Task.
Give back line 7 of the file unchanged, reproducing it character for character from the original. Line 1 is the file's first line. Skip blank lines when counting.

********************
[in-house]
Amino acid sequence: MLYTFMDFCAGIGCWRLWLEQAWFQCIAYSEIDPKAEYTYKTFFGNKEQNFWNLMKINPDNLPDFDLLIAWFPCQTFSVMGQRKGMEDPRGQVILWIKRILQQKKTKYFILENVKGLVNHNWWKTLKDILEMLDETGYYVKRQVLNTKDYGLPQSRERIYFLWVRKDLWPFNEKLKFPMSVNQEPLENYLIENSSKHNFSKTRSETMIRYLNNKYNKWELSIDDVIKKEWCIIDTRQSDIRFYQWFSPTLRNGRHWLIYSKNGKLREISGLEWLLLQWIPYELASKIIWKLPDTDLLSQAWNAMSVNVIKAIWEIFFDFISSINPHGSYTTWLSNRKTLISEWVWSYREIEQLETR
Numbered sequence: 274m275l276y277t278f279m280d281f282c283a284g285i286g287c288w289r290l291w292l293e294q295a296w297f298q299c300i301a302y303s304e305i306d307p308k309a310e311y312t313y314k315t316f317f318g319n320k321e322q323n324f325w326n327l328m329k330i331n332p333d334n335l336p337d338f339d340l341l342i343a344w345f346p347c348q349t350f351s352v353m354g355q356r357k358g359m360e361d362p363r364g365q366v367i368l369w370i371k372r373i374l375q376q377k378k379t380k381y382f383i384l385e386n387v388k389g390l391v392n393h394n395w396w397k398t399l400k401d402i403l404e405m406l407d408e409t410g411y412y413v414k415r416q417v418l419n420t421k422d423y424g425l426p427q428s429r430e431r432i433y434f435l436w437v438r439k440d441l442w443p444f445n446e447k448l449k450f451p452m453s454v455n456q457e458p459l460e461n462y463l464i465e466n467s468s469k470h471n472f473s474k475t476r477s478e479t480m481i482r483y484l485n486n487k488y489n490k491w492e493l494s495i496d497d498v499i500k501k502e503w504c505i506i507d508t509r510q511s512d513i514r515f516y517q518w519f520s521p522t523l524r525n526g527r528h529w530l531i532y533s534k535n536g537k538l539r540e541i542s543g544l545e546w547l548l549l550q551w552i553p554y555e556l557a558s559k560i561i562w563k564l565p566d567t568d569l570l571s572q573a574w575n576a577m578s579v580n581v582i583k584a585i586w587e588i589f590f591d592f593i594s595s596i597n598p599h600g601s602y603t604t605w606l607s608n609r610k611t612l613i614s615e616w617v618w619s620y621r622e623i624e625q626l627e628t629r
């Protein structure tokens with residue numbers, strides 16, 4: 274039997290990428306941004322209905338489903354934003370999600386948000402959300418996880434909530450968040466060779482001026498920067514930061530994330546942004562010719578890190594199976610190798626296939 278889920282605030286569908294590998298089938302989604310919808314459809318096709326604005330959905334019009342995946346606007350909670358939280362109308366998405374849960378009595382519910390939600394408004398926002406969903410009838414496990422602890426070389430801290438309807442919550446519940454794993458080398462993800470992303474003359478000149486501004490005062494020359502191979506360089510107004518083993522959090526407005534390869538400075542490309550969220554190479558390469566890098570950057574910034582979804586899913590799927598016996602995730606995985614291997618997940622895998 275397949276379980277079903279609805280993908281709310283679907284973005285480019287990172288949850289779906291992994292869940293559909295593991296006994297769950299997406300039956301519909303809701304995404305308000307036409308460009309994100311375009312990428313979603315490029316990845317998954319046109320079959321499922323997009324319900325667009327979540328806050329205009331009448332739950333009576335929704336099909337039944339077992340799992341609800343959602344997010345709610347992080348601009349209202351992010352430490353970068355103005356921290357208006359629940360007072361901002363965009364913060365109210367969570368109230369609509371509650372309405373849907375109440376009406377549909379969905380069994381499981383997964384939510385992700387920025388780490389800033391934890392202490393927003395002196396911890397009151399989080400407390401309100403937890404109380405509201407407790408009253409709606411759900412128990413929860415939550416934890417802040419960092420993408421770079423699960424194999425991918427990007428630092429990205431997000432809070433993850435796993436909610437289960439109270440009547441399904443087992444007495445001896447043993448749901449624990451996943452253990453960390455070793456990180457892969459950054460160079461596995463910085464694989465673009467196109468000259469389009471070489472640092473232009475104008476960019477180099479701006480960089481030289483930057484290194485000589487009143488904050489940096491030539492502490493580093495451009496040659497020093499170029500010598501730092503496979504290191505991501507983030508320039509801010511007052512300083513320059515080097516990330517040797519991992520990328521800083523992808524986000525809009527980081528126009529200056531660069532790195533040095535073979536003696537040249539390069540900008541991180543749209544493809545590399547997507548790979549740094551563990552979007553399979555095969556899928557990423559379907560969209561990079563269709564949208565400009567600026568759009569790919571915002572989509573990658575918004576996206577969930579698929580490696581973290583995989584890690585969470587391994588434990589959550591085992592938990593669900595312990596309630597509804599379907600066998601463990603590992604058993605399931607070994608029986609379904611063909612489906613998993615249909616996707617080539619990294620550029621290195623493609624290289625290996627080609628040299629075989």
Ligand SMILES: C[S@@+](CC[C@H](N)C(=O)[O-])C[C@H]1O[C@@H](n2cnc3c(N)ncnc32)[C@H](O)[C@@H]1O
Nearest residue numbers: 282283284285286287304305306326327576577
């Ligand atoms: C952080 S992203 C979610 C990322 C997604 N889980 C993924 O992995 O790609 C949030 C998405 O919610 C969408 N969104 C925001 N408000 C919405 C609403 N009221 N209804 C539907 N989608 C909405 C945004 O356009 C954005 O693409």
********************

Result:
């Ligand atoms: C952080 S992203 C979610 C990322 C997604 N889980 C993924 O992995 O790609 C949030 C998405 O919610 C969408 N969104 C925001 N408000 C919405 C609403 N009221 N209804 C539907 N989608 C909405 C945004 O356009 C954005 O693409």